- The Washington Times - Monday, September 23, 2013

Scores of angry Pakistani Christians took to the streets on Monday, protesting this weekend’s deadly church bombings and calling on the government to do more.

Suicide bombers attacked a Christian church during a Sunday free meal offering at All Saints Church in northwestern Pakistan. On Monday, authorities reported the death toll had climbed to 81, The Associated Press reported. More than 140 were injured.

The Taliban claimed responsibility — and said more was coming, if the United States doesn’t halt drone strikes.

Christians stung by the attack demanded the government in essence put up or shut up, in terms of striking a peace deal with the terrorist group and halting the insurgency that has spanned almost a decade.

“What dialogue are we talking about? Peace with those who are killing innocent people,” said Paul Bhatti, the head of the All Pakistan Minorities Alliance, in the AP report. Mr. Bhatti’s brother — a minister — was shot and killed by an Islamic terrorist in 2011.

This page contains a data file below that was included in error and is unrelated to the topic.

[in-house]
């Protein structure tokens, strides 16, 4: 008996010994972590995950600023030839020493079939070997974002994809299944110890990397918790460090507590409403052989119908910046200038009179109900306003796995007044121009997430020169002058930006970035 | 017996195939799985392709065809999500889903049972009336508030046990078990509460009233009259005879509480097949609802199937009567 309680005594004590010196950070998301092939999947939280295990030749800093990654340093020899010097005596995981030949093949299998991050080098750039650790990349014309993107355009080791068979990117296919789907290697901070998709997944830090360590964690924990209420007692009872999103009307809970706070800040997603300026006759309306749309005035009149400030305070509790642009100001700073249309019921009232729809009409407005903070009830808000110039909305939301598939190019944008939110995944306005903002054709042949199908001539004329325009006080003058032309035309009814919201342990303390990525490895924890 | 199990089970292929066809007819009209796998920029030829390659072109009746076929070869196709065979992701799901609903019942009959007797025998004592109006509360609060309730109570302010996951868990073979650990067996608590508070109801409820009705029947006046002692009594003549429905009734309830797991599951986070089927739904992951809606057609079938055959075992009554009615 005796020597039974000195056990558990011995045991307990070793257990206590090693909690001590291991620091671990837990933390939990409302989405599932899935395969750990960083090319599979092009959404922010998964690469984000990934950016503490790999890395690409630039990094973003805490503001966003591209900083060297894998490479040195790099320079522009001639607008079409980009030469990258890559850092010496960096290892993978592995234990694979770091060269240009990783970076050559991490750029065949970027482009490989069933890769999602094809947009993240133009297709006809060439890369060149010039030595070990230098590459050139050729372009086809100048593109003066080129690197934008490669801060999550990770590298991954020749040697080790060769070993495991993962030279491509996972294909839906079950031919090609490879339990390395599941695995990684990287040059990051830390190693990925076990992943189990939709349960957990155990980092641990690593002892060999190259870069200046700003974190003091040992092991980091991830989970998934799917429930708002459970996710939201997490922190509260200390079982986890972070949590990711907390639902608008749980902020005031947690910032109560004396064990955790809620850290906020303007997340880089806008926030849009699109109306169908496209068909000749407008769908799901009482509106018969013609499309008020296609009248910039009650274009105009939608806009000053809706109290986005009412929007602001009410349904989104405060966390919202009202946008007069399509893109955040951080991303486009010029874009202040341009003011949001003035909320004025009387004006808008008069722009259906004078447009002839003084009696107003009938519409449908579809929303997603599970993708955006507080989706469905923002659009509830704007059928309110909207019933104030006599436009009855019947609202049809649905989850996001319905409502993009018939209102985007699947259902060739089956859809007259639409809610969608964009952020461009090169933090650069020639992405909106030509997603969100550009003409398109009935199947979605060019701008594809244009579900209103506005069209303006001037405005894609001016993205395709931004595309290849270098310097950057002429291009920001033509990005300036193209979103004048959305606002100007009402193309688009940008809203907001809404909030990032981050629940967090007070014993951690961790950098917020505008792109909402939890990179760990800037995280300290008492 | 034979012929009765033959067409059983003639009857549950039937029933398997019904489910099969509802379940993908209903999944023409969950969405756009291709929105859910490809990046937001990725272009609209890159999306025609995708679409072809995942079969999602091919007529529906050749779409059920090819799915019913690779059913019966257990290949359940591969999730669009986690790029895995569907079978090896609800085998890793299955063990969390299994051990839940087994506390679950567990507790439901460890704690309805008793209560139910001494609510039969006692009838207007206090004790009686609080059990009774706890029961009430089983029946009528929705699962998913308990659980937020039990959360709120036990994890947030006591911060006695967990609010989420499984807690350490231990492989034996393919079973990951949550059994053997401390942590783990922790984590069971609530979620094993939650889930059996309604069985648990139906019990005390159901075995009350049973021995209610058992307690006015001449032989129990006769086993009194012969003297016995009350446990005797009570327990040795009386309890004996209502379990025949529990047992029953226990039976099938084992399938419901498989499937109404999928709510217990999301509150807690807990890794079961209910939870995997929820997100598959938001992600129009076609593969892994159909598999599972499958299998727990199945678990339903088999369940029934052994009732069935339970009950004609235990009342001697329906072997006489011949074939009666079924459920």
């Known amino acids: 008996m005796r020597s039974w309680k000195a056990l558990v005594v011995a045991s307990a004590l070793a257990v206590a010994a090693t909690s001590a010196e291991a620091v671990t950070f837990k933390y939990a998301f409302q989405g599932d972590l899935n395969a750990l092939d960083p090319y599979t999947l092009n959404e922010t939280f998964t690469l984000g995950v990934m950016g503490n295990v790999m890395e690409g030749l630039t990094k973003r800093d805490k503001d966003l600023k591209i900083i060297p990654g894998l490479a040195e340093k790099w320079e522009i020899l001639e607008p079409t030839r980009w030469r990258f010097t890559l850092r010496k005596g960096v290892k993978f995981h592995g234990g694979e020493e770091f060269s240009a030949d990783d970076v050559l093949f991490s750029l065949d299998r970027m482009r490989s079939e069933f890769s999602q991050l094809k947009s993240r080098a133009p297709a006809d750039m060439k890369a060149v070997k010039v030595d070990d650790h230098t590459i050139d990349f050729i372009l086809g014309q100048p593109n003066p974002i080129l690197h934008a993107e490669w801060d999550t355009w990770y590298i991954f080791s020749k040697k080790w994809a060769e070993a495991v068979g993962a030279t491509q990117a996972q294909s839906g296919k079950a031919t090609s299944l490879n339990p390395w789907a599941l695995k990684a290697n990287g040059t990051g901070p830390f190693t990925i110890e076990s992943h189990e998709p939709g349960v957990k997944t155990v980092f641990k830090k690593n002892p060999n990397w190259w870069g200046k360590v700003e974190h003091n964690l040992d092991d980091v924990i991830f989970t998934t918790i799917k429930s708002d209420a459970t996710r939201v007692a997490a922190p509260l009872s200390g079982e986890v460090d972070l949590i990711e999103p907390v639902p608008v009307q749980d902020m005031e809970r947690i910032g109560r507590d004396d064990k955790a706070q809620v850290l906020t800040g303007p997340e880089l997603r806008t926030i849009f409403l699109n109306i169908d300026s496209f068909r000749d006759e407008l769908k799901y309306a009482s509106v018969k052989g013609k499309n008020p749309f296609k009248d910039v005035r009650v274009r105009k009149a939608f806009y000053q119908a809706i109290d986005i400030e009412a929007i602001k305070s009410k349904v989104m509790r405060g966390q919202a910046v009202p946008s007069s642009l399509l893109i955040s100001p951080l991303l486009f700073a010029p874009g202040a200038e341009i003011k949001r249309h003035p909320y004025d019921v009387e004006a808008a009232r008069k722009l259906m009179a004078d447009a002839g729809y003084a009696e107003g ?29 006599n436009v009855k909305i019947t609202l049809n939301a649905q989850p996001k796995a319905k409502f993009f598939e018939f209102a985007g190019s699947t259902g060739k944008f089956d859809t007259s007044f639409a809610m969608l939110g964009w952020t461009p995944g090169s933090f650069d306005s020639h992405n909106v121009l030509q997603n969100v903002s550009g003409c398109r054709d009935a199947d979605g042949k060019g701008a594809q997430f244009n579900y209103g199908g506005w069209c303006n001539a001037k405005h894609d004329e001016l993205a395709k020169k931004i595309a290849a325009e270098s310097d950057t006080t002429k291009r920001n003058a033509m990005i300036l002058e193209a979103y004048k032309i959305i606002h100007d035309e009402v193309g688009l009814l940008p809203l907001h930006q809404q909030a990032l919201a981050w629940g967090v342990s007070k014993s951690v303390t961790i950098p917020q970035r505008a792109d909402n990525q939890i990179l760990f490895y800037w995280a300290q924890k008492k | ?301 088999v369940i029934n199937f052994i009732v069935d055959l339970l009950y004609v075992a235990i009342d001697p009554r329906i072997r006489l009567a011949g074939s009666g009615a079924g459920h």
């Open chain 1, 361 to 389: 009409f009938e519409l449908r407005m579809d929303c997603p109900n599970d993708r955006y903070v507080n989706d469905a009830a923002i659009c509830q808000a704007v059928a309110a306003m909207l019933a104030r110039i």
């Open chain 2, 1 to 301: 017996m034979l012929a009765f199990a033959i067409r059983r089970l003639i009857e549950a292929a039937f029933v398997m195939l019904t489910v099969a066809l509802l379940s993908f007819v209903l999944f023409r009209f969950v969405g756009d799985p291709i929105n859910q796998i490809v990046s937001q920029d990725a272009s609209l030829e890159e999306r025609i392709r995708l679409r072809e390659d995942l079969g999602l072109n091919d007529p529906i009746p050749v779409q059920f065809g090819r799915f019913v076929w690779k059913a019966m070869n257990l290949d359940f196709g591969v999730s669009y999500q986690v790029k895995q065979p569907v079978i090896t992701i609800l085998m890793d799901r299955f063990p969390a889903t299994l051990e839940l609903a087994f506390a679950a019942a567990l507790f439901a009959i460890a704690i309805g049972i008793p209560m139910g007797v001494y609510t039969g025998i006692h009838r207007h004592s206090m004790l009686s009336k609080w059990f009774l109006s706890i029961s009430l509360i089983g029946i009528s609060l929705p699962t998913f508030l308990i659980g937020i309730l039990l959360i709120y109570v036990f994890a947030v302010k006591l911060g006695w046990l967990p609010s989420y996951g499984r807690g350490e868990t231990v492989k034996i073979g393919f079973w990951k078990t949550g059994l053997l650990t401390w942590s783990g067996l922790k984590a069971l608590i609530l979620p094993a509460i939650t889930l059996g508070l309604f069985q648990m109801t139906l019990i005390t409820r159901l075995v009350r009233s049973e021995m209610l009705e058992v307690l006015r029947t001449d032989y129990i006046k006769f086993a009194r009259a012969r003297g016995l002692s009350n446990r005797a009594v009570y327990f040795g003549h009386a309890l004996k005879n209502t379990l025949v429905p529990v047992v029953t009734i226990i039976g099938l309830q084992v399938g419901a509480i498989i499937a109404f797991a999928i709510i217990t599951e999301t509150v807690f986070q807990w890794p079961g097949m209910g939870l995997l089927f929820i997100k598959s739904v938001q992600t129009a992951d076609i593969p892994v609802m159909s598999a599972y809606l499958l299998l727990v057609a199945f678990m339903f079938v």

“They don’t want dialogue,” he said. “They don’t want peace. Our state and our intelligence agencies are so weak that anybody can kill anyone anytime. It is a shame.”

The protesters blocked roads around the country, AP reported. On one of the main roadways that leads into the capital city, Islamabad, protesters arranged tires and set them on fire, demanding the government step up its efforts to protect the country’s Christian minority.

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